Today is Archer’s first birthday. He’s my second grandson.
I heard Patti Smith play a set yesterday at Amoeba, a music store in Hollywood. It was great.
Before that, Cat took me to the Hollywood YWCA, which has the best workout machines I’ve ever played on. Fun! AND a steam room and sauna–both in the women’s locker room, so you don’t have to wear anything. It was so rockin’.
Then, me and Cat went to a gals meetup at Cat’s friend, Crazy Cat’s house. I like L.A. We drove all over the place, getting there.
At the party, I got stoned and kind of told Catherine off at one point: she may be an Aspie since she has the annoying habit of preaching to people (“the little professor syndrome,” it’s called). She was lecturing me about Gypsies in Europe, and I guess I like to think I’m some kind of expert on that subject (which I’m not) and I was, like, “I know ALL about this,” etc. ad nauseam. It was OK.
Catherine says where she lives is the epicenter of Hollywood. Yeah. You just walk out her door, go 2 blocks down Las Palmas and you’re in the heart of Hollywood. It’s super-cool.
Tom Williamson, USC graduate at Catherine’s in Hollywood where he delivers and opens fresh coconuts for Catherine once a week. He’s an independent business man. Tom and Catherine connected through TaskRabbit.com. Oct. 2012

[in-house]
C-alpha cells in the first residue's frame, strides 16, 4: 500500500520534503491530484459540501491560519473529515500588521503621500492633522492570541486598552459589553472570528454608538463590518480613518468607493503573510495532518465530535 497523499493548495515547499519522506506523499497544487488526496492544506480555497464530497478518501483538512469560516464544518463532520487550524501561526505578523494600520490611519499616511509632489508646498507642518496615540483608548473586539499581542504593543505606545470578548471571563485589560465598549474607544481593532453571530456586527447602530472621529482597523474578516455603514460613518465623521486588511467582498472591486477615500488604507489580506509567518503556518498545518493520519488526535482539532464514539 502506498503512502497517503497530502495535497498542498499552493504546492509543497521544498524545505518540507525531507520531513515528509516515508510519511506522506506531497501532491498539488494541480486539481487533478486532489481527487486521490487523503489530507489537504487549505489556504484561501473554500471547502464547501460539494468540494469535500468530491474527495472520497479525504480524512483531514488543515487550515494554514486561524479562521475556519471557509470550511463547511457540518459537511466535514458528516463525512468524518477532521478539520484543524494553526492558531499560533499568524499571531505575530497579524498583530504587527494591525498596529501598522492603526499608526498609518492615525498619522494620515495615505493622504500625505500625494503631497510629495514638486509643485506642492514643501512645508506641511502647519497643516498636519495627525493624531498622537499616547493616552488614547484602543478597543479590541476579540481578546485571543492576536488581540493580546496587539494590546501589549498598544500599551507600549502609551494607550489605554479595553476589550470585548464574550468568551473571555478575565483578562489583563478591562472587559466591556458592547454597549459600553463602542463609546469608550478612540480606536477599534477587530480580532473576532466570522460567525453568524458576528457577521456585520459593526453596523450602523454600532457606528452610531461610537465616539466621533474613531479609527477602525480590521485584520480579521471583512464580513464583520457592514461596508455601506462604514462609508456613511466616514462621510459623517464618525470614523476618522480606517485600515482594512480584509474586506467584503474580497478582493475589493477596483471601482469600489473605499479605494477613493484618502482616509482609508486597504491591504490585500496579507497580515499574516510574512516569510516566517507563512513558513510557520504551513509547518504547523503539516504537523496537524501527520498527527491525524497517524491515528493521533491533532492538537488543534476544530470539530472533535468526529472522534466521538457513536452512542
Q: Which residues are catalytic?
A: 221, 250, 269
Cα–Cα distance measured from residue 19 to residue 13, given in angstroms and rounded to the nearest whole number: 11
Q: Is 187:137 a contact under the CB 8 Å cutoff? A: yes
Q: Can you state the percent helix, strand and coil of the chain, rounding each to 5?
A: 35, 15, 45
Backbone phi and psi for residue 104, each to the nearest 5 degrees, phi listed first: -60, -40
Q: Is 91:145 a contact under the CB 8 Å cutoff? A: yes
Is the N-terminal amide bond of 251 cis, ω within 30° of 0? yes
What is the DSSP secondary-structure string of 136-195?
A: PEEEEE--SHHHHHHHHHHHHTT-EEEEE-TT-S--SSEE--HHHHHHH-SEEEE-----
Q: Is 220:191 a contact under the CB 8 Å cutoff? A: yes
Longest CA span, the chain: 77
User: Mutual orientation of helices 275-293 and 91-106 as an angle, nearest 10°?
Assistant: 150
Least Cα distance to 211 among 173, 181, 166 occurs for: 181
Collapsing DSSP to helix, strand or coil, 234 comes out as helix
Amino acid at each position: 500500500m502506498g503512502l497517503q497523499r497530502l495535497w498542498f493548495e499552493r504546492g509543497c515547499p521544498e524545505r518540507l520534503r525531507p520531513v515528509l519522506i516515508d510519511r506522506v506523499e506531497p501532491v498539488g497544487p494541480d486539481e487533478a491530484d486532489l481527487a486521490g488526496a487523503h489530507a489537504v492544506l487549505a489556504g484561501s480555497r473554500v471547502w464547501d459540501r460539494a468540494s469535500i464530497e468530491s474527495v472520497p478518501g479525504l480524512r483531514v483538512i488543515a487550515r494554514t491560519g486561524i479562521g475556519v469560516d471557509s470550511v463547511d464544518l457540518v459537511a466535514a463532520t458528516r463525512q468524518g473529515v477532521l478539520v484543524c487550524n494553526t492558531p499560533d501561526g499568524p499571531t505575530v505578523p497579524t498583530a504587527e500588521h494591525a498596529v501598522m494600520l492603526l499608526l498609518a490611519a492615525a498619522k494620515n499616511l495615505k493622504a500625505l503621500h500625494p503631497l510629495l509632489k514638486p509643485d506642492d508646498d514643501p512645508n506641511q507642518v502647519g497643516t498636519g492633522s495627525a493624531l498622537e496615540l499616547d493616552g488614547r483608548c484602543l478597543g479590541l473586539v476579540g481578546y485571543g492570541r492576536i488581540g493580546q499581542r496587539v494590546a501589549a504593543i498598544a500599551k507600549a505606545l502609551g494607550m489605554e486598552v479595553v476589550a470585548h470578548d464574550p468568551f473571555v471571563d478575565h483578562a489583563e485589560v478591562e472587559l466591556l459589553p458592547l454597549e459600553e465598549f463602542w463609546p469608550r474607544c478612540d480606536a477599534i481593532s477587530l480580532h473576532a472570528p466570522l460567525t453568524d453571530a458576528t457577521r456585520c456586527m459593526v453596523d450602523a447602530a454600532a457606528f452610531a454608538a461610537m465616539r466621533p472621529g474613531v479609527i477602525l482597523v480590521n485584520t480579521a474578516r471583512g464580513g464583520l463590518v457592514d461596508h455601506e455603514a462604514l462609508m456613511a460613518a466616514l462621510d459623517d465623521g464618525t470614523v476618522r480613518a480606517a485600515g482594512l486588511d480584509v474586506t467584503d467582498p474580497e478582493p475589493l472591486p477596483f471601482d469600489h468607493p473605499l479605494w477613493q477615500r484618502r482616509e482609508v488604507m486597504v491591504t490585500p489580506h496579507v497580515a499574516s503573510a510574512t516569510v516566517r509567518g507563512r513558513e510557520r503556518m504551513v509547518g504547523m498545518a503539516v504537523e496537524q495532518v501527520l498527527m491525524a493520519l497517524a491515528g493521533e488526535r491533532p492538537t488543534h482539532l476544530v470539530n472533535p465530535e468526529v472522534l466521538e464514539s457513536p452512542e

Here’s something that’s funny, and I’m not sure why, but everywhere I go, people will say: “This is the best place in the world.” Of course, it’s super charming that people love their home-towns, but it’s often the people who have never lived anywhere else who feel this way. Do they just not know anything else or are they truly and eternally satisfied and contented with their lives in one single place? Whatever it is, I wish them well. I may not be like that, but I’m very happy for them that they’ve found such happiness.
I have honestly and literally spent the first 66 years of my life convinced that I am usually doing the wrong thing and that there’s something fundamentally wrong with me. When and how did this start? I don’t know, but at least I can testify that this lack of self-confidence has been steadily growing weaker over the years. Gradually, I have gotten rather cocky and full of (faith in) myself.
This growth has been accomplished with a large dose of “fake it ’til you make it” gamesmanship. I’ve found this to be an extremely helpful practice: pretending to be, say, confident, and eventually, VOILA!, you are confident. It happens slowly, but it happens. Visualize your own, private, vast reservoirs of courage.
Reading Talk to the Snail: Ten Commandments for Understanding the French (2006) by Stephen Clarke. It’s very funny, and after all I am, intermittently, a francophile. I get distracted by fantasies of Italy, but then I return to an illusion of what it would be like to live in France for a few months a year.